The book opens when Elise is 81. She is coming to terms with an Alzheimers diagnosis and more than anything wants to find Mariko — the friend she made in the internment camp many years prior. As an aside, I fell in love with this book because of the way Elise anthropomorphizes her disease:

“What I feel is that I’ve been saddled with a sticky-fingered houseguest who is slowly and sweetly taking everything of mine for her own. I can’t get rid of her, the doctor assured me, and I can’t outwit her. I’ve named my diagnosis Agnes after a girl at my junior high school in Davenport — Agnes Finster — who was forever taking things that didn’t belong to her out of lockers.”

Each of the four parts of the book starts with a scene from elderly Elise’s life as she gets closer to finding Mariko. The rest of the book details her journey: Davenport, Iowa after her father’s arrest (part 1), the largely Japanese internment camp (part 2), Germany during the last year of the war (part 3), and finally, her path to and life in California (part 4).

It’s an utterly gripping story — very difficult to put down. Elise’s voice is real and thoroughly human as she struggles to find her place in the world and understand why people behave the way they do. She struggles with finding a place she can call home. The narrative clearly articulates how war affects everyday people who want no part in it and yet are given little choice. I found the historic details to be largely accurate (although I did wonder about a few small details).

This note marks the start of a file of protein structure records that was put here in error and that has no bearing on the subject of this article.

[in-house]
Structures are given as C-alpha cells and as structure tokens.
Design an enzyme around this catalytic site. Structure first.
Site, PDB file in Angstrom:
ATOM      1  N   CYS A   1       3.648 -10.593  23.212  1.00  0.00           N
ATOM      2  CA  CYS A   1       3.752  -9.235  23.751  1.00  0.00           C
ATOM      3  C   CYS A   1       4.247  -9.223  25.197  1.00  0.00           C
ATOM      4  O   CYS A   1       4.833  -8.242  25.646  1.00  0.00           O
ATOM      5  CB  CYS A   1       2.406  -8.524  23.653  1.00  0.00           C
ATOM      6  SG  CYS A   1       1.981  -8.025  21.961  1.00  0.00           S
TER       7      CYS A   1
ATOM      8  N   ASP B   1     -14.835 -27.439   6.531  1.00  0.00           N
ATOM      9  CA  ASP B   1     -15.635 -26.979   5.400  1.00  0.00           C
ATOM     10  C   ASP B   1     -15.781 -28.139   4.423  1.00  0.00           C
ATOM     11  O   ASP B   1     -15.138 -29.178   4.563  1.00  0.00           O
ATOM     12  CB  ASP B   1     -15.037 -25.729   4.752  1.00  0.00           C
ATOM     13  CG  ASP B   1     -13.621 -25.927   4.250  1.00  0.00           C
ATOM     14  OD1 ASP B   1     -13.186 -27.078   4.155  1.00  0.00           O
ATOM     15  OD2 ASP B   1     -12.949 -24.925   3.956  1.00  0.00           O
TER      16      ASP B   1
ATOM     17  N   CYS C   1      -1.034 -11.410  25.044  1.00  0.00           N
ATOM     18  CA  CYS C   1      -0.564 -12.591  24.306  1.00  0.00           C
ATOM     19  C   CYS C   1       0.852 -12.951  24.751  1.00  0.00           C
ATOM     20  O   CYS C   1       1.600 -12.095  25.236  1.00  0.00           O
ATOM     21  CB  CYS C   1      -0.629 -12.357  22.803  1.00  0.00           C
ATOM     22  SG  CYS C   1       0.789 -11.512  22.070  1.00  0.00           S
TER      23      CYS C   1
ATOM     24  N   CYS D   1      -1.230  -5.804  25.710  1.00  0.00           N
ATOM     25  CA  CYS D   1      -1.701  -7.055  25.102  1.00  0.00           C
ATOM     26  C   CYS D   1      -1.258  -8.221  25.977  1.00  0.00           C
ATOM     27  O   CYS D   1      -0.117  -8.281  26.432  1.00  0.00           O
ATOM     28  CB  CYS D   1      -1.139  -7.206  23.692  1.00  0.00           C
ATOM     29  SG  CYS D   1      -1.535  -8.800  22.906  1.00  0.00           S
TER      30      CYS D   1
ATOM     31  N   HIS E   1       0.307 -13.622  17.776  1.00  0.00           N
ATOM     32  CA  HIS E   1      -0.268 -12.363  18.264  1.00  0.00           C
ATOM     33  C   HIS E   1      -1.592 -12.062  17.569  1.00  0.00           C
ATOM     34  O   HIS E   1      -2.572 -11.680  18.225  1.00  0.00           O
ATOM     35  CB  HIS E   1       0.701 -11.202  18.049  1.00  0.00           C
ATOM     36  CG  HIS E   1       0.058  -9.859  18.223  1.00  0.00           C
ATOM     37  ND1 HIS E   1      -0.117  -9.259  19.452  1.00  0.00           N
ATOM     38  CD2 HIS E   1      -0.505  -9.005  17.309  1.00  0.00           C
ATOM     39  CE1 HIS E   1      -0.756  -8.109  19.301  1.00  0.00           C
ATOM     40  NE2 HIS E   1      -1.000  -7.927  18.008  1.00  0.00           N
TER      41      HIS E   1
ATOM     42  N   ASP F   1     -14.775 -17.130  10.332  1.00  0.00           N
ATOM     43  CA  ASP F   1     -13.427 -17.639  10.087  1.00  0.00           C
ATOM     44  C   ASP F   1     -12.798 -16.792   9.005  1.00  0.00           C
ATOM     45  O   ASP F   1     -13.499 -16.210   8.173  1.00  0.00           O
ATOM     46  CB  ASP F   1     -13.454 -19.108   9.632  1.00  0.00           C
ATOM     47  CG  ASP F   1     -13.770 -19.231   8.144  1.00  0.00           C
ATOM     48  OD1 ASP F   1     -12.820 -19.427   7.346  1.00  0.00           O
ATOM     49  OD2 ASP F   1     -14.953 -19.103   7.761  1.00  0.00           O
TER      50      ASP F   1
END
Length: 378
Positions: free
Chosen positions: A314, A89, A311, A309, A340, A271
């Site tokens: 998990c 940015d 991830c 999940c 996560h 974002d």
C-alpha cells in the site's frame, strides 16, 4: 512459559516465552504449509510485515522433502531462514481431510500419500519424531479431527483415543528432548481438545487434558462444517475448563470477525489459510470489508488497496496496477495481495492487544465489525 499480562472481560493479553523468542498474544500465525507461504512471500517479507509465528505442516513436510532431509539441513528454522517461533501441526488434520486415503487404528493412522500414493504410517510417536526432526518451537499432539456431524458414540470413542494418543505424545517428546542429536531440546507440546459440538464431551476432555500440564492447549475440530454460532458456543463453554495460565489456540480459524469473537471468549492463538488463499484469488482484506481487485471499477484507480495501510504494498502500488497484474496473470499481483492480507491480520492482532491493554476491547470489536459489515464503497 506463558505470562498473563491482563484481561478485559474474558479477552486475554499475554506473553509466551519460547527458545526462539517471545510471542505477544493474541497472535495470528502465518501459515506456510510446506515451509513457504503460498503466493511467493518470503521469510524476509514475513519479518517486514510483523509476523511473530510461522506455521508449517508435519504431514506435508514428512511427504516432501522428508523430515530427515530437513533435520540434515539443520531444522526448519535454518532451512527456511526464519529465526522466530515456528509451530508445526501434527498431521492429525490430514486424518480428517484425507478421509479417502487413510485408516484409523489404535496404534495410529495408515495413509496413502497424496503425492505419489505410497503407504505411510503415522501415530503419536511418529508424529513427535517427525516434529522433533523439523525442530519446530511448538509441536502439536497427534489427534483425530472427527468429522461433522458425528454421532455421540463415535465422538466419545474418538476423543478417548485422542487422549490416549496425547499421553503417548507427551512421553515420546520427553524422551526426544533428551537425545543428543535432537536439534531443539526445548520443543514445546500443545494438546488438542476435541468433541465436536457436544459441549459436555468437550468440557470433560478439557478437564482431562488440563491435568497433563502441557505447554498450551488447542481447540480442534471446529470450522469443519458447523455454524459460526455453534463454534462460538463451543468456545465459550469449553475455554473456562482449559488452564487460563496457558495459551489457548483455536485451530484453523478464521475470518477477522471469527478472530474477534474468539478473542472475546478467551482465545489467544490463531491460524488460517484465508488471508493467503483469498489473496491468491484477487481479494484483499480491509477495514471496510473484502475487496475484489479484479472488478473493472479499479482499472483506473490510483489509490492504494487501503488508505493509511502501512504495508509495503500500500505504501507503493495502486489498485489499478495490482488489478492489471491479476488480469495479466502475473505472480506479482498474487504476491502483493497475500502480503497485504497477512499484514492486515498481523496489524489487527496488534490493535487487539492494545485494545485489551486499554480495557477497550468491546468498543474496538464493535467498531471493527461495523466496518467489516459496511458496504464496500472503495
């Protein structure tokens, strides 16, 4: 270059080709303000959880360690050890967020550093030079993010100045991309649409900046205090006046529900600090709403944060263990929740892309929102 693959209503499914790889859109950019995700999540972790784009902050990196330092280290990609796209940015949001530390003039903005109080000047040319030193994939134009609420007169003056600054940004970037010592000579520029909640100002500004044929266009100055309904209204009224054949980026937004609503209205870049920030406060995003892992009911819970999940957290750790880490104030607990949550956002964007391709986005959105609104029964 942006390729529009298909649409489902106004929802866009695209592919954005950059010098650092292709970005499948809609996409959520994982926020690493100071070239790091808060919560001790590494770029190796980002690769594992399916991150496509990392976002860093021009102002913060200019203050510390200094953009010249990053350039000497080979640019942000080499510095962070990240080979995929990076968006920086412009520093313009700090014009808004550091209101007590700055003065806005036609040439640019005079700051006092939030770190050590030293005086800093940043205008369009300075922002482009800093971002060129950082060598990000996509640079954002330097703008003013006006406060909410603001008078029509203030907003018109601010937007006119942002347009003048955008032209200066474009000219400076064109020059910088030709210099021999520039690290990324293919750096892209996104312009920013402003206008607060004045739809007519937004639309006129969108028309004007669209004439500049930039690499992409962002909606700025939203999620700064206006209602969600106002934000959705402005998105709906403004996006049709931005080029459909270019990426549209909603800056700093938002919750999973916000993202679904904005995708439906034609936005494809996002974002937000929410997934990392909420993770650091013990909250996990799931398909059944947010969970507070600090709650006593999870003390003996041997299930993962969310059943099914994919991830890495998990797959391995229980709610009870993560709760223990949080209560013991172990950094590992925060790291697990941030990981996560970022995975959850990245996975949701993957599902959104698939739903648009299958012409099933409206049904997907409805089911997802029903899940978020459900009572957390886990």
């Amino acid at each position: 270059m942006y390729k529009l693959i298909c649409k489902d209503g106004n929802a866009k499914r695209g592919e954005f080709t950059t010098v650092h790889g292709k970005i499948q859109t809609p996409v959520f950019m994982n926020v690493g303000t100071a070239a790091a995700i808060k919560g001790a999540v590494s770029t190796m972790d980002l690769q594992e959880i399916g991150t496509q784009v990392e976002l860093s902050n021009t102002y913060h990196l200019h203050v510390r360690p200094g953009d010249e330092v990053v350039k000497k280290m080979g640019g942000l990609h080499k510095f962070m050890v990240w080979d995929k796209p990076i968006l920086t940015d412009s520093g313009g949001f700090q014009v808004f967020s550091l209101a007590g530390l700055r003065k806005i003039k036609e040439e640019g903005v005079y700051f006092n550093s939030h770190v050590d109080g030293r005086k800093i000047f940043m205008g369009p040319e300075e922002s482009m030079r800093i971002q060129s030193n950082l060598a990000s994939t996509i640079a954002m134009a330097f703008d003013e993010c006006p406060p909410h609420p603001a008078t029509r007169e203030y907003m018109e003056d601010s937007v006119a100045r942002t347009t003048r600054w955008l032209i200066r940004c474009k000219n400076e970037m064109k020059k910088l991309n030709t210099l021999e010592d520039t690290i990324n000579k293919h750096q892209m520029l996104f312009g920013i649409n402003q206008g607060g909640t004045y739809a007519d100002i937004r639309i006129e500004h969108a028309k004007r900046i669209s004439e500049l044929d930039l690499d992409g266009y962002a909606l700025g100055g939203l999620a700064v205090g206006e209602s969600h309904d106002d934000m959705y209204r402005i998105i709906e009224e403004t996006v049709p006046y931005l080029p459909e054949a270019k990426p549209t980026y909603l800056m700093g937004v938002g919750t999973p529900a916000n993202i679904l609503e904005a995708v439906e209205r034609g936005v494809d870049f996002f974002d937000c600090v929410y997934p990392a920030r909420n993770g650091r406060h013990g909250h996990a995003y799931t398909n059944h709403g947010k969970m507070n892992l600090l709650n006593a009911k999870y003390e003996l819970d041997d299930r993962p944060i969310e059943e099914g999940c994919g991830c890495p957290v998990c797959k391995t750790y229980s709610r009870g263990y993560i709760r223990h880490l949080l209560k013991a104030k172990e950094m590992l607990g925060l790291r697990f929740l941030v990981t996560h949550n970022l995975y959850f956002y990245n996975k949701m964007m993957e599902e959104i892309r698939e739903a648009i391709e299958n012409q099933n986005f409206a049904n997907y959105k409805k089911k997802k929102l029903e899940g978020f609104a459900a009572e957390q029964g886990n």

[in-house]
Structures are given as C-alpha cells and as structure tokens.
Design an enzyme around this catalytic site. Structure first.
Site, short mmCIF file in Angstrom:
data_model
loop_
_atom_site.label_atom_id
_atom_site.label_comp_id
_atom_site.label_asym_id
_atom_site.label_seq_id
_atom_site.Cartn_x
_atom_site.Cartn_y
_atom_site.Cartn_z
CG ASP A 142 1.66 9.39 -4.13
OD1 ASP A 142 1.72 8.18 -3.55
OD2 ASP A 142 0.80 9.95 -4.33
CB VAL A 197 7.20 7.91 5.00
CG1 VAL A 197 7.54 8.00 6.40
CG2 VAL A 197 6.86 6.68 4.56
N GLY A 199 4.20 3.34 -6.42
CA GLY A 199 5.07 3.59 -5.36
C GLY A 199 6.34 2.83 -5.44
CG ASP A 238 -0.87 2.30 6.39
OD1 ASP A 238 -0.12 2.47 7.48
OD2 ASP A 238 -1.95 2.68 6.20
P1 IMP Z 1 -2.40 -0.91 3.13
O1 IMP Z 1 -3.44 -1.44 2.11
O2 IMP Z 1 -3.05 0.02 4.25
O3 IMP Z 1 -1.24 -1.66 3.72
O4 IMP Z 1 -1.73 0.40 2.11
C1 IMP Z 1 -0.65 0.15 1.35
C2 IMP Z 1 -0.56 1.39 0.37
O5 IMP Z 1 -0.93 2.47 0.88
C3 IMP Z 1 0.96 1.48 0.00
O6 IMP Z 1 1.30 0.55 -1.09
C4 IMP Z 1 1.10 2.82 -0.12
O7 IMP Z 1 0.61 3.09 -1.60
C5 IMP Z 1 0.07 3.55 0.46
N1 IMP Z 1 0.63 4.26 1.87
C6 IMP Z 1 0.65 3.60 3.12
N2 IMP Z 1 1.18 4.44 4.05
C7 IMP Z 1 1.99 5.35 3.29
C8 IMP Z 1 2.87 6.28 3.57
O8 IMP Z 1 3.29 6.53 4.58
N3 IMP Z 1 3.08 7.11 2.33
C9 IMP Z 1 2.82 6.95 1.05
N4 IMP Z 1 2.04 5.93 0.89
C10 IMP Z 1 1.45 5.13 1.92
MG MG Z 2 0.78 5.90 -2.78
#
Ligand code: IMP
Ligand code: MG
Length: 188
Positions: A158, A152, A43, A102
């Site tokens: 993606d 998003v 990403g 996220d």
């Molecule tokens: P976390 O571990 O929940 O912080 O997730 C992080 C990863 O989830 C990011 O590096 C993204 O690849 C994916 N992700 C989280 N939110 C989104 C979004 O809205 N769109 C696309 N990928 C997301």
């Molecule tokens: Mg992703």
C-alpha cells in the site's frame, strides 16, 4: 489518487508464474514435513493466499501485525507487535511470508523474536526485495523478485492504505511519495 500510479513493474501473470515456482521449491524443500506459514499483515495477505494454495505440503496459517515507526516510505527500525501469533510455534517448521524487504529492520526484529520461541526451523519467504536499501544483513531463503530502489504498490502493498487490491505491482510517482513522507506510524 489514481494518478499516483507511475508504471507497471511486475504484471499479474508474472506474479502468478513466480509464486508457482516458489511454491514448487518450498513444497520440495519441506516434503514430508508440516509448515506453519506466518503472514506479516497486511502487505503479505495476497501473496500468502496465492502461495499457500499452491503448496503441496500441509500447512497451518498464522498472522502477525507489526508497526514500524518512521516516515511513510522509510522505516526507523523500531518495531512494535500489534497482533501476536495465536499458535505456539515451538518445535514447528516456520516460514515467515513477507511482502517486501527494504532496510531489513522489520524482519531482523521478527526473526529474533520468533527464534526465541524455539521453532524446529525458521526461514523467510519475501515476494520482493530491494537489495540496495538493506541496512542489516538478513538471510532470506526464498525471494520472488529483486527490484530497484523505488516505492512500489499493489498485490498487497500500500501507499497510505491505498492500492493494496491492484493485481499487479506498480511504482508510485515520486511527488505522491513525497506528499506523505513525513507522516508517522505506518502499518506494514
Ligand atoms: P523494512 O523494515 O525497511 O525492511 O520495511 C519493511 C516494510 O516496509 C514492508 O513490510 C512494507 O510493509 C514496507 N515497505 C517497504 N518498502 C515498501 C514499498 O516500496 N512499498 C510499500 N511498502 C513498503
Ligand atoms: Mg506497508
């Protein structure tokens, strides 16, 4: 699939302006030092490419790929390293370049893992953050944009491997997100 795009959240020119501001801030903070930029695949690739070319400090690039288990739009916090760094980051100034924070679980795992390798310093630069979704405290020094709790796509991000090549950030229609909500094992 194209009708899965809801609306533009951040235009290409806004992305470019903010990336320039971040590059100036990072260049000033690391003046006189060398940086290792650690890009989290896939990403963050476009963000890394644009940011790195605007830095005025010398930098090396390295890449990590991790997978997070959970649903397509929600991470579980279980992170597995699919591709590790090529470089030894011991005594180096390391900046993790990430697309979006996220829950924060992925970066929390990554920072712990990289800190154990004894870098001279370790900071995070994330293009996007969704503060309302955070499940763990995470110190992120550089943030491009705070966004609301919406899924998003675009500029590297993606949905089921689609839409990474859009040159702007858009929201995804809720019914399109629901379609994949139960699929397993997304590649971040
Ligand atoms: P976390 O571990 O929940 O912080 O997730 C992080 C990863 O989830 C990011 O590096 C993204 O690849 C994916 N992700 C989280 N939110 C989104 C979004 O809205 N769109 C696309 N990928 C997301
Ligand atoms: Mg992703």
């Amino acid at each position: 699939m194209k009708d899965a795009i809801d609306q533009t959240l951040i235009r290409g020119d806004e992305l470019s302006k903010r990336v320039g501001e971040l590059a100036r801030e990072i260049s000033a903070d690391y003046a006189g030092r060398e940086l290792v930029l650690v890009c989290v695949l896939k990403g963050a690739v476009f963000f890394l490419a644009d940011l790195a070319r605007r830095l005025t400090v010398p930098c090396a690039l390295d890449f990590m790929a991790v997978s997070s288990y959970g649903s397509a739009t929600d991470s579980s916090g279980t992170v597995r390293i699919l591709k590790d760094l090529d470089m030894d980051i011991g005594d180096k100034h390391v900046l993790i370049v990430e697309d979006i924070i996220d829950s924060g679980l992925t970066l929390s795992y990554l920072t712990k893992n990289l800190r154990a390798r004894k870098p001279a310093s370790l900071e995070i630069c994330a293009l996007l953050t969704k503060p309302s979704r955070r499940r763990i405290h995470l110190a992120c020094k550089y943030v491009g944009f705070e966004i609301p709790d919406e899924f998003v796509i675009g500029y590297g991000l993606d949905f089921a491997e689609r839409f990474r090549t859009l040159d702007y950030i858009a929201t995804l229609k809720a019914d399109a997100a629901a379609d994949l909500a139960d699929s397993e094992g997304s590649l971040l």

Surprising plot twists! Great for both adults and young adults.

Chemistry by Weike Wang

Writing: 4/5 Characters: 4/5 Plot: 4/5 background: 5/5

A belated (she’s in her 20s) coming-of-age story about a young, Chinese-American woman in the midst of capsizing both her Chemistry PhD and long-term relationship. We view the process of life dismantling and reconstruction from within her own mind through her unique, first-person voice.

The writing style is spare and humorous, comprised of short 1-3 page segments bundled into two large “parts.” Tidbits of chemistry, science, Chinese history, culture, and parenting are brought in as elements of the crucible which forged her personality. We never learn her name — the narrative is all 1st person — and only one character — the man she lives with — is given a name (Eric). Everyone else is referred to by label: the best friend, the lab mate, the dog, her mother, her father, the math student, the husband (of the best friend), and the Chinese roommate.